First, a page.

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Bread of Life

A learning and fellowship program helps single mothers better provide for their families

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BY KRISTIN OSTENSEN, STAFF WRITER

Fresh Ideas Fresh is a learning and fellowship program for single mothers that is co-ordinated by Jane Ash, community ministries worker, who also supervises the food bank. Working with many mothers who were raising children on their own, Ash found that the women wanted to provide better food for their families, but lacked the resources and know-how to do so. “A family of one to four can get a loaf of bread at the food bank or a bag of flour and yeast,” Ash explains. “The reality is that with flour and yeast you can make five loaves of bread. So a lot of the moms were saying to me, ‘If I knew how to make bread, I would take the flour and yeast.’ ” With a good-sized kitchen and eating area, the social services centre was just the 18 • August 2014 • Salvationist

Photos: Kristin Ostensen

hen Judy Young arrives at The Salvation Army’s social services offices in Corner Brook, N.L., on a Wednesday morning, the smell of chocolate chip muffins fills the hallways. It’s nearly 10 a.m., and Young is one of several young mothers gathered for Fresh. The still-warm ovens heat the brightly coloured room where the women meet, a welcoming atmosphere that immediately puts her at ease. “I feel accepted and loved here,” Young smiles. “I feel like it’s my home.” Judy Young enjoys a cup of coffee at Fresh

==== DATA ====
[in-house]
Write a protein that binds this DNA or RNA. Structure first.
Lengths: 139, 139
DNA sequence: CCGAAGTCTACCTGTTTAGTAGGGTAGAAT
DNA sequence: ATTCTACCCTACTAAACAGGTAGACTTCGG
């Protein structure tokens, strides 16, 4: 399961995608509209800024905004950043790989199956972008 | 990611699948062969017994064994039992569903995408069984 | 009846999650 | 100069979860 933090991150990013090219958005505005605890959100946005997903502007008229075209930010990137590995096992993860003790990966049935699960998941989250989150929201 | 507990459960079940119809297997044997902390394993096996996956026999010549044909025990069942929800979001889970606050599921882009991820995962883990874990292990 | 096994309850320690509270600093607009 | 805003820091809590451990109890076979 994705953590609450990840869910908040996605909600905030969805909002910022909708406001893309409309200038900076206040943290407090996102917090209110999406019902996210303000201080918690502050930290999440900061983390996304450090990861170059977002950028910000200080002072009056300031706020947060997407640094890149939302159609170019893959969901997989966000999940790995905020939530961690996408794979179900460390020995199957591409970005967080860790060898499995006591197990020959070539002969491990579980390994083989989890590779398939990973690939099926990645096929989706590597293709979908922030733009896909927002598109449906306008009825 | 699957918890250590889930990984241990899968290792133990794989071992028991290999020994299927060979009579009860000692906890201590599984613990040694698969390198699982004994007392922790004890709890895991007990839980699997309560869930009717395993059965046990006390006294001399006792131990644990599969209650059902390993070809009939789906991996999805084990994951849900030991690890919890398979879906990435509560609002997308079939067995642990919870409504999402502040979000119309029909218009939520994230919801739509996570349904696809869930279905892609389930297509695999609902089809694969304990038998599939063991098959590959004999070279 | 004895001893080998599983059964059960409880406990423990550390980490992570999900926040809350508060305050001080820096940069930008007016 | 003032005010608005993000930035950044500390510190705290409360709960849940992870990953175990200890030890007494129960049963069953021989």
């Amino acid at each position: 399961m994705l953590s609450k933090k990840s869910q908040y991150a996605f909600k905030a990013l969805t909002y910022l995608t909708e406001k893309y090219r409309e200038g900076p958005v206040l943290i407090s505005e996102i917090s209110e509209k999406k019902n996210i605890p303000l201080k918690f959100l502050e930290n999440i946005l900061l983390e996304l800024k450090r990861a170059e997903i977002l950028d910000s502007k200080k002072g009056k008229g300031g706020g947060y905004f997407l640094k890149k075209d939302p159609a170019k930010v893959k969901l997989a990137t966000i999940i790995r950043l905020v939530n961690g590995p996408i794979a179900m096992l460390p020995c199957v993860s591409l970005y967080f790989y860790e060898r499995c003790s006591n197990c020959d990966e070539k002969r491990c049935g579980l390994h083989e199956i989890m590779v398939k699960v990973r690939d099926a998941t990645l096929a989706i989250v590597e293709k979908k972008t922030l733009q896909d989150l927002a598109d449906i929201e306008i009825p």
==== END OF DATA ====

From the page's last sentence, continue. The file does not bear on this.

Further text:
Most of my life I could never accomplish anything because I was always put down. So when I made bread, it was like, “I did that!” right venue for a cooking program. Thirty-five loaf pans were donated so that the participants could make bread at home, after they learned how, and the Fresh program was born. “We called it ‘Fresh’ as in fresh ideas—fresh homemade bread, fresh healthy snacks for school, fresh fruit for the moms every week, and more,” Ash explains. Baking bread is at the heart of Fresh, but the program also teaches life skills

such as budgeting, nutrition, stress management and parenting strategies. Crafting activities give the women opportunities to be creative, showing them how to make low-cost scarves, jewelry and cards. “I Can Be Myself” A mother of children aged nine and 13, Young has been a client at the food bank for the past year. When Ash invited her to join Fresh last fall, she initially saw it

as an opportunity to meet new people. “I used to be an outgoing person, but because of past relationships, I’ve become quiet and withdrawn,” she says. “I thought Fresh would help me get out of my shell.” The program is kept small—eight participants are registered for each eightweek session—so that the women can build strong relationships with each other and with the program facilitators. Coming to Fresh has given Young a reason to get out of the house and the rut she had fallen into. “I love the people here,” Young says. “I find that when I’m here, I can be myself, and I like it.” One of the highlights of the program for Young has been learning to make


Salvationist - August 2014